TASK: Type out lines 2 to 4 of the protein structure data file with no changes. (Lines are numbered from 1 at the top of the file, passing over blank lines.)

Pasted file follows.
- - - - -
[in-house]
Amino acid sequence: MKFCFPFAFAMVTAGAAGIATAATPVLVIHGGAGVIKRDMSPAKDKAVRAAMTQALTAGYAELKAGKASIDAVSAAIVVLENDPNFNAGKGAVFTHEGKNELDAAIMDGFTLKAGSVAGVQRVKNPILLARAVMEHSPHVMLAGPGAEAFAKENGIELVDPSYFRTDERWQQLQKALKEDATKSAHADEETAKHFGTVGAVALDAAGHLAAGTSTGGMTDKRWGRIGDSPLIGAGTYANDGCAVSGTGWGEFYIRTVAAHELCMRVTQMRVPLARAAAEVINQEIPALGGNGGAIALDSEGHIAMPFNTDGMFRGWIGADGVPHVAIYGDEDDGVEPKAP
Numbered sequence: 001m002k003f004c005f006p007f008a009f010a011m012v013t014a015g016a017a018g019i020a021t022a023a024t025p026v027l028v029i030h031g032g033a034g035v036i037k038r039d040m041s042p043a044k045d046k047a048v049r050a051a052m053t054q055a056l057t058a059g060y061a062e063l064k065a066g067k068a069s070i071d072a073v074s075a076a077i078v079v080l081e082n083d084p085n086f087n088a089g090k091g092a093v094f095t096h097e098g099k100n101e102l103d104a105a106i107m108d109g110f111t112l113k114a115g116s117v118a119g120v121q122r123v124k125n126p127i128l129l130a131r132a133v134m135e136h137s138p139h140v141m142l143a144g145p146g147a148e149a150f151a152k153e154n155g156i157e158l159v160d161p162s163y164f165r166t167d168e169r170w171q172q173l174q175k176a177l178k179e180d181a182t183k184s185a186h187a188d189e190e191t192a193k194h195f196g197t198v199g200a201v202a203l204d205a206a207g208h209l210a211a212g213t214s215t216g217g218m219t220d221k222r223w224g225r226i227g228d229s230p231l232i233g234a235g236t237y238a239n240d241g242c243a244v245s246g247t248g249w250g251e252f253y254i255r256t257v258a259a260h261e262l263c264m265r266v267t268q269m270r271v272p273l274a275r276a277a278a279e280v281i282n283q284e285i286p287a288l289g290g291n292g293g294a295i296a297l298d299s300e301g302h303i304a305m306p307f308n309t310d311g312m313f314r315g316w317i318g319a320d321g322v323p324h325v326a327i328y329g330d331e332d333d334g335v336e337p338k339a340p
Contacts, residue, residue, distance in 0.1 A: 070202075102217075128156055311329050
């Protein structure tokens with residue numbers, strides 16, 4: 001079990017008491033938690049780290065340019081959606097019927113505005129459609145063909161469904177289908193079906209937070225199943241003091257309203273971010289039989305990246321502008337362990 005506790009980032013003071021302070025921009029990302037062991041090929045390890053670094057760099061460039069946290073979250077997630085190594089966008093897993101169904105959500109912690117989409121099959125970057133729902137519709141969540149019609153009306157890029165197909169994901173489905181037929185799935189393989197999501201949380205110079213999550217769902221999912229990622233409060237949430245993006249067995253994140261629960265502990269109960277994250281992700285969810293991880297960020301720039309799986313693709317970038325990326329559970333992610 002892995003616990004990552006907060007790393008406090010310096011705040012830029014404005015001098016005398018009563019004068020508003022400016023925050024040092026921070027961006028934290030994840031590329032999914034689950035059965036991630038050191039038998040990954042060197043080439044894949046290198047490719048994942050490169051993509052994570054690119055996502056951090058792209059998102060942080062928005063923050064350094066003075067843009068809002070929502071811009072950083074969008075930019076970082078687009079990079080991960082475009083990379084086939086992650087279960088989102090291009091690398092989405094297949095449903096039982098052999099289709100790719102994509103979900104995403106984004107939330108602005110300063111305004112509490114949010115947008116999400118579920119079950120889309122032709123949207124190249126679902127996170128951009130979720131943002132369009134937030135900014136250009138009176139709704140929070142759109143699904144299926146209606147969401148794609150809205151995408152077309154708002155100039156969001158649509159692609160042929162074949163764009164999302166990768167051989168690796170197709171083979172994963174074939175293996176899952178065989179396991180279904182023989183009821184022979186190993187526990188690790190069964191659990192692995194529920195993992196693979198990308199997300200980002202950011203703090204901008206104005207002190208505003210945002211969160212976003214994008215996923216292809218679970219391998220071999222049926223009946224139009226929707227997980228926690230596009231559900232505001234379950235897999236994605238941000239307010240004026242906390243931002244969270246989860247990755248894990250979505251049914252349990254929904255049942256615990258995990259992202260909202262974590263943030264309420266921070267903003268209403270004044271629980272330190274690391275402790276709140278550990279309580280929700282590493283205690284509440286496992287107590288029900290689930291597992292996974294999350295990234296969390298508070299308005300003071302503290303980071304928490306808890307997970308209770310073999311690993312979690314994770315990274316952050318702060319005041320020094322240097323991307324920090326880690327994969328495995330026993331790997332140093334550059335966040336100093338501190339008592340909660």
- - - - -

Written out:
Amino acid sequence: MKFCFPFAFAMVTAGAAGIATAATPVLVIHGGAGVIKRDMSPAKDKAVRAAMTQALTAGYAELKAGKASIDAVSAAIVVLENDPNFNAGKGAVFTHEGKNELDAAIMDGFTLKAGSVAGVQRVKNPILLARAVMEHSPHVMLAGPGAEAFAKENGIELVDPSYFRTDERWQQLQKALKEDATKSAHADEETAKHFGTVGAVALDAAGHLAAGTSTGGMTDKRWGRIGDSPLIGAGTYANDGCAVSGTGWGEFYIRTVAAHELCMRVTQMRVPLARAAAEVINQEIPALGGNGGAIALDSEGHIAMPFNTDGMFRGWIGADGVPHVAIYGDEDDGVEPKAP
Numbered sequence: 001m002k003f004c005f006p007f008a009f010a011m012v013t014a015g016a017a018g019i020a021t022a023a024t025p026v027l028v029i030h031g032g033a034g035v036i037k038r039d040m041s042p043a044k045d046k047a048v049r050a051a052m053t054q055a056l057t058a059g060y061a062e063l064k065a066g067k068a069s070i071d072a073v074s075a076a077i078v079v080l081e082n083d084p085n086f087n088a089g090k091g092a093v094f095t096h097e098g099k100n101e102l103d104a105a106i107m108d109g110f111t112l113k114a115g116s117v118a119g120v121q122r123v124k125n126p127i128l129l130a131r132a133v134m135e136h137s138p139h140v141m142l143a144g145p146g147a148e149a150f151a152k153e154n155g156i157e158l159v160d161p162s163y164f165r166t167d168e169r170w171q172q173l174q175k176a177l178k179e180d181a182t183k184s185a186h187a188d189e190e191t192a193k194h195f196g197t198v199g200a201v202a203l204d205a206a207g208h209l210a211a212g213t214s215t216g217g218m219t220d221k222r223w224g225r226i227g228d229s230p231l232i233g234a235g236t237y238a239n240d241g242c243a244v245s246g247t248g249w250g251e252f253y254i255r256t257v258a259a260h261e262l263c264m265r266v267t268q269m270r271v272p273l274a275r276a277a278a279e280v281i282n283q284e285i286p287a288l289g290g291n292g293g294a295i296a297l298d299s300e301g302h303i304a305m306p307f308n309t310d311g312m313f314r315g316w317i318g319a320d321g322v323p324h325v326a327i328y329g330d331e332d333d334g335v336e337p338k339a340p
Contacts, residue, residue, distance in 0.1 A: 070202075102217075128156055311329050